Sunday, February 07, 2010

News Coverage On DADT Starts Improving

While there are still major problems with reporting on "don't ask, don't tell," as I have referred to in recent posts, I am seeing more and more improved coverage. Not just in news reportage on the subject, but in recent editorials and op-eds.

Here is a sampling of some recent pieces.

Ken Adelman, former Reagan arms control director writes that there is one essential reason for lifting the ban, in today's Washington Post,

The British, Australian and Israeli militaries all now have solid experience with open gays in uniform. Their forces don't suffer in performance; the gay service members there don't seem to upset the straight members much. And U.S. forces, though far greater in numbers, don't differ culturally or functionally too much from their colleagues in these militaries.
Exactly! It is what I have been writing all along. If the chief argument is fear of destroying unit cohesion, why has this never happened in the military of our allies, who allow gays to openly serve? There is no good answer to counter this.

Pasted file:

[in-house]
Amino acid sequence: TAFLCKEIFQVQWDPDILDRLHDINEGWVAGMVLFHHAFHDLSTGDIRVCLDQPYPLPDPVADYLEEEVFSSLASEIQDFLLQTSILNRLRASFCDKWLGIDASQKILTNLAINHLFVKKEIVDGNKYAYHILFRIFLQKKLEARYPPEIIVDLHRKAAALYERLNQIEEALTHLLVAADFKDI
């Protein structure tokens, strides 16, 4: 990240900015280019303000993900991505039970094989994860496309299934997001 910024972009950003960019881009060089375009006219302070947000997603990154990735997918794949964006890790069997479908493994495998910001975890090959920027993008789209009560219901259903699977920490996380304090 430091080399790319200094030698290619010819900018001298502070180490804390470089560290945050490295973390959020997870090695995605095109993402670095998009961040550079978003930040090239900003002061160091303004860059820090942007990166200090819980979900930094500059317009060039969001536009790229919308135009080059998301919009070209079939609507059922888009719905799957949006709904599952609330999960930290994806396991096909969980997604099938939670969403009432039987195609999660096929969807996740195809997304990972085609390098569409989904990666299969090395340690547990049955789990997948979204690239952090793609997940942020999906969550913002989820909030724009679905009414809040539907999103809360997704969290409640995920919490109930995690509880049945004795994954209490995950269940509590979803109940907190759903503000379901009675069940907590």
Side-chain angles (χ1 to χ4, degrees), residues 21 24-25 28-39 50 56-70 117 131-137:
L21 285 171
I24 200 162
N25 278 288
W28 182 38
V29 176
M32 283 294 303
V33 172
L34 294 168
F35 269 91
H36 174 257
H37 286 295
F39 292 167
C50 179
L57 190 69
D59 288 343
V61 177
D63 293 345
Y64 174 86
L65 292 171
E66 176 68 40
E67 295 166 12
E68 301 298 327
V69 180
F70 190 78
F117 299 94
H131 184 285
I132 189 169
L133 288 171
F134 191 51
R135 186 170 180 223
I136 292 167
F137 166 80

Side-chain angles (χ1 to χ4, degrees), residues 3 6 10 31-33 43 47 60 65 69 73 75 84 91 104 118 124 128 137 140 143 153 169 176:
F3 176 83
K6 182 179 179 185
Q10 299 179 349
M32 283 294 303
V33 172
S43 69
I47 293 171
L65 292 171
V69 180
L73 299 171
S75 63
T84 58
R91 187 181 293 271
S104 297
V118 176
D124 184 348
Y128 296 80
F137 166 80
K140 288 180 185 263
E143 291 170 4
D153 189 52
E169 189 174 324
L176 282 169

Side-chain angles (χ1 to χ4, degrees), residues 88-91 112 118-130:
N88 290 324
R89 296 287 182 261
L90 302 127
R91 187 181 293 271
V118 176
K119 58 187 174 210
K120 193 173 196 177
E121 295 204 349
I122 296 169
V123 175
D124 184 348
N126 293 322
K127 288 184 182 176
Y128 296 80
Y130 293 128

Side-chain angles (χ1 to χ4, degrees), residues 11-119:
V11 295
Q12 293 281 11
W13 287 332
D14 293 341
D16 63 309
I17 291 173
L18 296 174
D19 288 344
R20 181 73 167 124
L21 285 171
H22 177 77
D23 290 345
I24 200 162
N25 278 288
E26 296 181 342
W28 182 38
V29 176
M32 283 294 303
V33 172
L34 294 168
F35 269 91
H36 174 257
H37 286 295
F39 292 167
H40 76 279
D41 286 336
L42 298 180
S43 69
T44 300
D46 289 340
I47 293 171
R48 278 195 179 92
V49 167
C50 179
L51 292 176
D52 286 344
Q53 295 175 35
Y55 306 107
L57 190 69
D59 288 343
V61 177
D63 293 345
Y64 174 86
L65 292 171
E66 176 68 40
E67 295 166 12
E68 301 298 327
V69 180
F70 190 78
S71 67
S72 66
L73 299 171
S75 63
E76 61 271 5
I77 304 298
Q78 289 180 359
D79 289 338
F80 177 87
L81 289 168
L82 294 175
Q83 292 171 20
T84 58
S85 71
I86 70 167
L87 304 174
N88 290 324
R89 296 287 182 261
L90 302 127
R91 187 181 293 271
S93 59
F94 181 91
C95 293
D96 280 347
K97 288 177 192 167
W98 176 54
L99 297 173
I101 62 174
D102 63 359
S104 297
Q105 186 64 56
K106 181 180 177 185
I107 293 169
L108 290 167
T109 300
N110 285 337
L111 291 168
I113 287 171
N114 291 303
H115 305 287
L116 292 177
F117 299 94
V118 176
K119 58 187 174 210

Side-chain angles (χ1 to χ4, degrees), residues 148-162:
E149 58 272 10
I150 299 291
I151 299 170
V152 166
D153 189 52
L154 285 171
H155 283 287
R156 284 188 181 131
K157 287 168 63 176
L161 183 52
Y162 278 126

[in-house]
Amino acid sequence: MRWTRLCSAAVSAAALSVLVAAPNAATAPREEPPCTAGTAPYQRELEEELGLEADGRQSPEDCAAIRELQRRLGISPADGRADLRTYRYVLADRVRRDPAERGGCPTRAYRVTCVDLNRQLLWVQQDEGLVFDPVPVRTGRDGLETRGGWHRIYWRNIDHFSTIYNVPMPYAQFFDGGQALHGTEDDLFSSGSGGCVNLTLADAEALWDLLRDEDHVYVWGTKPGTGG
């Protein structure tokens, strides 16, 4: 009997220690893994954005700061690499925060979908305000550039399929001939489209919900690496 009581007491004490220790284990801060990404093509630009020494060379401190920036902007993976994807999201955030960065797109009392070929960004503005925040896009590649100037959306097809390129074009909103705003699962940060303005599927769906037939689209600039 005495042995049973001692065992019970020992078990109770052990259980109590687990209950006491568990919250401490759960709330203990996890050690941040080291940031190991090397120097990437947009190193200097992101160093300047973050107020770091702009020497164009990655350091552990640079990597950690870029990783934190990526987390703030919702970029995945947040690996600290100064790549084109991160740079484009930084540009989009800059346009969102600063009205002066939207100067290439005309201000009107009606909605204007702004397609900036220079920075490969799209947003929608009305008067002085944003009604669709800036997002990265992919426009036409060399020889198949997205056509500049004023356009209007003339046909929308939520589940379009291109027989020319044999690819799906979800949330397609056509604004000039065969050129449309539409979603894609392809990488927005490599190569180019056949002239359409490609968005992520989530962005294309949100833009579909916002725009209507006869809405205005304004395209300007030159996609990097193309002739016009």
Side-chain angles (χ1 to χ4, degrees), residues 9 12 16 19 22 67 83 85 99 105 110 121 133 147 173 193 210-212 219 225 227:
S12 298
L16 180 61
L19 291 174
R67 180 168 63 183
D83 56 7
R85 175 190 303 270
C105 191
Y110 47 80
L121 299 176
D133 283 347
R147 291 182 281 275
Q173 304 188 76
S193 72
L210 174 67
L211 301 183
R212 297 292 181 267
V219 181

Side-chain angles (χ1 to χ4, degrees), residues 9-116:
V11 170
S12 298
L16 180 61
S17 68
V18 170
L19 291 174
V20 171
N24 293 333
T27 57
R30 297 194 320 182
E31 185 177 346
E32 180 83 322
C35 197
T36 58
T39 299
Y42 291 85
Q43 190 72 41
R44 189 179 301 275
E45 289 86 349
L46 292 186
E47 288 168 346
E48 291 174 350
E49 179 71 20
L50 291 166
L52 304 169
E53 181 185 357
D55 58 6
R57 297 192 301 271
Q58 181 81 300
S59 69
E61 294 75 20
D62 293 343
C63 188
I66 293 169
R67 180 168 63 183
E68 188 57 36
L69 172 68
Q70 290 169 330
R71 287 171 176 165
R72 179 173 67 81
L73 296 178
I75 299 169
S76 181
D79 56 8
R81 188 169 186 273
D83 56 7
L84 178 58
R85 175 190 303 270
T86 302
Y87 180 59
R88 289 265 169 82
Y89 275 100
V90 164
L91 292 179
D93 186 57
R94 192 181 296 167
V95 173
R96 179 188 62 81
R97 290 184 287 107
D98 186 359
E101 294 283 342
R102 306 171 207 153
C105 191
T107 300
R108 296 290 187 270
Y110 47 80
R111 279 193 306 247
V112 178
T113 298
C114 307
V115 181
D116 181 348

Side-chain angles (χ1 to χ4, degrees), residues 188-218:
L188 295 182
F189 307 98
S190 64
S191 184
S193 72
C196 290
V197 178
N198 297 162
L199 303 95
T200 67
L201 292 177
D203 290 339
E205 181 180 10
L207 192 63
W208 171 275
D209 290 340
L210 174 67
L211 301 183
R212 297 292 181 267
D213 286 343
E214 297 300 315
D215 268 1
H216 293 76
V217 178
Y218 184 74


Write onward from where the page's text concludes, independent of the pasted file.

The Christian Science Monitor references that piece, and adds another point I have been stressing:

Seventy-five percent of Americans in a 2008 Washington Post-ABC News poll said gay people who are open about their sexual orientation should be allowed to serve in the U.S. military, up from 62 percent in early 2001 and 44 percent in 1993. That included majorities of Republicans as well as Democrats and independents.
That article, by the way, talks about the inevitability of repealing DADT, but suggests that it won't happen soon, because the GOP is trying to score points with social conservatives. Sadly, that may be accurate.

Some Op-Eds and editorials to check out, include the following (click on the links provided):
Clarence Page in the Chicago Tribune
Minneapolis Star-Tribune editorial
San Jose Mercury-News editorial

The above sources are just a few of the many pieces that can be found, offering support for the lifting of the disciminatory ban. I expect many similar pieces to be published in the coming weeks.

It's about time.

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